How to Restart Food After a Stomach Bug

Written by jaimie zinski
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A stomach bug, which is also known as viral gastroenteritis, will generally last for 24 to 72 hours. During this time, typical symptoms include nausea, vomiting, watery stools, stomach cramps and occasionally, fever. The consumption of food or liquids during and after the illness must be done with care, as eating the wrong types of foods too quickly will aggravate the stomach, resulting in a worsening of symptoms.

Skill level:

Things you need

  • Clear liquids
  • Bland foods

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  1. 1

    Consume clear liquids, such as water, carbonated soda, herbal tea, sports drinks, rehydrating fluids, such as Pedialyte or chicken broth. Drink these liquids in small sips instead of gulping or chugging them, as this will make nausea worse. Continue to drink these liquids in small amounts every few minutes, or as often as your body will tolerate it.

  2. 2

    Wait for at least 24 to 36 hours after the nausea, vomiting and diarrhoea have ceased before beginning to reintroduce foods, according to the University of Wisconsin. These foods include dry toast, apple sauce, boiled potatoes, soda crackers and yoghurt. Avoid dairy foods that are not cultured, such as milk and cheese, as these will make your stomach feel worse.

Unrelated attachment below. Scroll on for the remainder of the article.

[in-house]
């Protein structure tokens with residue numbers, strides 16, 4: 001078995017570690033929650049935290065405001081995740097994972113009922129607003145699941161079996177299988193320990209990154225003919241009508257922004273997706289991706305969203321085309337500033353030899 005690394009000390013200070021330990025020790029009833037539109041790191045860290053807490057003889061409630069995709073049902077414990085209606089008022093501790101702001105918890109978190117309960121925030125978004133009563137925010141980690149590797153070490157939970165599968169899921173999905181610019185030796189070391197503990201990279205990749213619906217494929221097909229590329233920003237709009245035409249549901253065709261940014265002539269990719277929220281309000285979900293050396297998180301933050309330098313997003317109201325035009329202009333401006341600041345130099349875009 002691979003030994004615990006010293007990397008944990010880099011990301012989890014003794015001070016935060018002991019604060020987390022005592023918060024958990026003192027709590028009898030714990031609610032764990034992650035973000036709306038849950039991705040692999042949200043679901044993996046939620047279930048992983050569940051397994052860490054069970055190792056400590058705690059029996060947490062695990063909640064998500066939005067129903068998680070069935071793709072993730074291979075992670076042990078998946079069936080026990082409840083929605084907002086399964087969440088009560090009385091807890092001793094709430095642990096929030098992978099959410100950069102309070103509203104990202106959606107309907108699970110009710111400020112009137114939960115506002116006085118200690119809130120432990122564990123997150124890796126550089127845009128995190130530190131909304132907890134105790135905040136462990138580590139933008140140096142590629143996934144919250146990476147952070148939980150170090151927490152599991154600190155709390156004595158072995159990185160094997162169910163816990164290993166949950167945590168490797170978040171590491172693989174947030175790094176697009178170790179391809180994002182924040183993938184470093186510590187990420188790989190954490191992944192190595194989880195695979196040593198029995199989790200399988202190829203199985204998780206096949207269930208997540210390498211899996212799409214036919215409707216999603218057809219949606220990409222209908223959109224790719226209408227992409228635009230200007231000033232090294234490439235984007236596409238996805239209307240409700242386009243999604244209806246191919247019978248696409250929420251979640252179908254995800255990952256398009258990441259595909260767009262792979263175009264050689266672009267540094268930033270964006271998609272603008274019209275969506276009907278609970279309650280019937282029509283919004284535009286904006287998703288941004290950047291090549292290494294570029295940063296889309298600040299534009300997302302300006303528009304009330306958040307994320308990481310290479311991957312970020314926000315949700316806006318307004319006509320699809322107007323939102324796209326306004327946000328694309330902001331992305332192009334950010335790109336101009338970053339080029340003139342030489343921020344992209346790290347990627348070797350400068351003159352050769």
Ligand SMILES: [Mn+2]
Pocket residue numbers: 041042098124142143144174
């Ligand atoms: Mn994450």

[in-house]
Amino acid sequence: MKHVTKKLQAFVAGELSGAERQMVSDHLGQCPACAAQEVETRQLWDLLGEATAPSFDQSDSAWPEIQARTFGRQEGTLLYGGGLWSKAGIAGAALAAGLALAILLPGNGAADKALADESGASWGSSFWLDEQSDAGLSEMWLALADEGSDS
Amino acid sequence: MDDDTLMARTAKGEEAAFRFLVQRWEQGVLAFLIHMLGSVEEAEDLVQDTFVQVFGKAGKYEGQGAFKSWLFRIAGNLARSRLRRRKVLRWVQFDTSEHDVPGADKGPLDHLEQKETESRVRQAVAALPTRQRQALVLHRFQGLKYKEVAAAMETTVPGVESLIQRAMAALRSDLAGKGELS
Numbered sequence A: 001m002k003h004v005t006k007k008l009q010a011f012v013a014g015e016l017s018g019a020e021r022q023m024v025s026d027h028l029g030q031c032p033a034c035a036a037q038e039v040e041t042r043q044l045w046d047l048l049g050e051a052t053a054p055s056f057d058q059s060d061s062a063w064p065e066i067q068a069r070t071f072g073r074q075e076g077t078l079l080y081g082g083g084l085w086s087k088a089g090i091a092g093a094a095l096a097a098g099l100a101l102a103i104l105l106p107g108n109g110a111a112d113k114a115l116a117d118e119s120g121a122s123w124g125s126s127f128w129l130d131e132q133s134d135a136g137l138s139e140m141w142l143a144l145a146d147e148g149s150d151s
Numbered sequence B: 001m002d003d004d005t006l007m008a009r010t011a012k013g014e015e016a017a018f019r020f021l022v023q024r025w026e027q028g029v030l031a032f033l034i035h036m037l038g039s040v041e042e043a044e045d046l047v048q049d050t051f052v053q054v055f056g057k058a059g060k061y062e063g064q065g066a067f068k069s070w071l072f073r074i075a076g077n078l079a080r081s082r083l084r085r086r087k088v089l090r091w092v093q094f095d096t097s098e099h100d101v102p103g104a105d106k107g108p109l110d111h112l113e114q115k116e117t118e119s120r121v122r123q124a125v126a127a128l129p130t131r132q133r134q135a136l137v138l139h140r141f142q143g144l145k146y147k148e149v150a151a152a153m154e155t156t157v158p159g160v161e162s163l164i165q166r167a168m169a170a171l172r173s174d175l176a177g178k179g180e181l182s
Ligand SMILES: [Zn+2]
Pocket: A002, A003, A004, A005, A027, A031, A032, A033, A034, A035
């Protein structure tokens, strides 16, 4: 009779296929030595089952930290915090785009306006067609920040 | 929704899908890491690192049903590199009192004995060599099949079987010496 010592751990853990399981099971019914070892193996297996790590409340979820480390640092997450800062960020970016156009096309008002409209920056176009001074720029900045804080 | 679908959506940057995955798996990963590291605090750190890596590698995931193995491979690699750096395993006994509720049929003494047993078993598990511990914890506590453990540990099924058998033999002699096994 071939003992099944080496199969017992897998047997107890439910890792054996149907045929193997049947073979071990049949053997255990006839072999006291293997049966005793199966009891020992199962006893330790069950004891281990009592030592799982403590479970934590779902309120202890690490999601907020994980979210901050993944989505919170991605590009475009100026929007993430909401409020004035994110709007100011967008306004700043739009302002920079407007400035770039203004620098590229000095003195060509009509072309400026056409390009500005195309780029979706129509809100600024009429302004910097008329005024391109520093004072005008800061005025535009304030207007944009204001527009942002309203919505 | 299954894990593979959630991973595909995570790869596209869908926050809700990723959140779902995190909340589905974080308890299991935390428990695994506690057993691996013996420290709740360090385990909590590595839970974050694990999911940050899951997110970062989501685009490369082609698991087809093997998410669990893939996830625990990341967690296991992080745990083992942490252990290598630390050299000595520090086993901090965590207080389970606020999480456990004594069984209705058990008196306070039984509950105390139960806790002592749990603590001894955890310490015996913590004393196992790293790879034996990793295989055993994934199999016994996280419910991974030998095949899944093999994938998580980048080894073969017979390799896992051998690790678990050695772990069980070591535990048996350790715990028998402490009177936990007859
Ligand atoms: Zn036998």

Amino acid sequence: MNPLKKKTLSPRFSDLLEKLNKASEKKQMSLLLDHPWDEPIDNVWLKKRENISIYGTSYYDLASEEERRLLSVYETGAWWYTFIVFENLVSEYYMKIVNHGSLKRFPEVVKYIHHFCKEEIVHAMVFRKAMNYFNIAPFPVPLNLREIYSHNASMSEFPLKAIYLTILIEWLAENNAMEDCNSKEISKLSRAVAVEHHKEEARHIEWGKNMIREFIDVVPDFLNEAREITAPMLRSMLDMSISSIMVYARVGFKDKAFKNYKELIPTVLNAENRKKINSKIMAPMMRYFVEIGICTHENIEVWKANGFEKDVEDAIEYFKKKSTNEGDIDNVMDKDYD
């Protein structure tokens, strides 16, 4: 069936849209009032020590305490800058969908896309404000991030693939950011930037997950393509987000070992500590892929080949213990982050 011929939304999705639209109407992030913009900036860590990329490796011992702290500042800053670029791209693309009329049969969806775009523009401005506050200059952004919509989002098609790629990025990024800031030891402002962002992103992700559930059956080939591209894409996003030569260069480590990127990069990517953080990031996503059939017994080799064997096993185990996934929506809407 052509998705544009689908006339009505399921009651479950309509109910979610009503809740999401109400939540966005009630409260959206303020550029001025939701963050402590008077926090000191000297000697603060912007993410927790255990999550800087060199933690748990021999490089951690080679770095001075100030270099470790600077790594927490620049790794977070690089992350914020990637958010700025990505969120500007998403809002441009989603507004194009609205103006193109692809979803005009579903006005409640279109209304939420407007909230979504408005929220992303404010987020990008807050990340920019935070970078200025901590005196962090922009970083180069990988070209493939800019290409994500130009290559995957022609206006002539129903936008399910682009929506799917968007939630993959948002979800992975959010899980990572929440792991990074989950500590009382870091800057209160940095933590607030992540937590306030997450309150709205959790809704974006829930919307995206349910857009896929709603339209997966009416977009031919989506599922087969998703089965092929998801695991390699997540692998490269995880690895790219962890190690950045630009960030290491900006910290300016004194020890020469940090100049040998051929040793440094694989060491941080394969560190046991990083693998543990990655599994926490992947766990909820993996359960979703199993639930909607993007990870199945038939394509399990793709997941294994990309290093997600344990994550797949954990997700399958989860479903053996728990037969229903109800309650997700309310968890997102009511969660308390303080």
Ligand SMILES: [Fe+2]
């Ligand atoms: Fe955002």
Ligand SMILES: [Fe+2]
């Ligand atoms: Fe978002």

3. 3

    Reintroduce your normal diet after consuming bland food for 24 to 48 hours. Avoid eating dairy, consuming alcohol, eating spicy foods or consuming greasy treats during the first two to three days after you begin eating more normally.

  4. 4

    Watch what you eat for the 10 days following the cessation of any symptoms. It can take this long for your body to recover from the illness, and for your bowel movements to get back to normal. If any foods begin to bother your stomach, avoid them for a few days before attempting to enter them back into your diet.

Tips and warnings

  • Consult your doctor immediately if you do not urinate for an eight hour period, have a fever or 38.3 degrees Celsius that does not come down with the use of medication, blood in the stool or vomit or stomach pains that do not feel better after you vomit or defecate.

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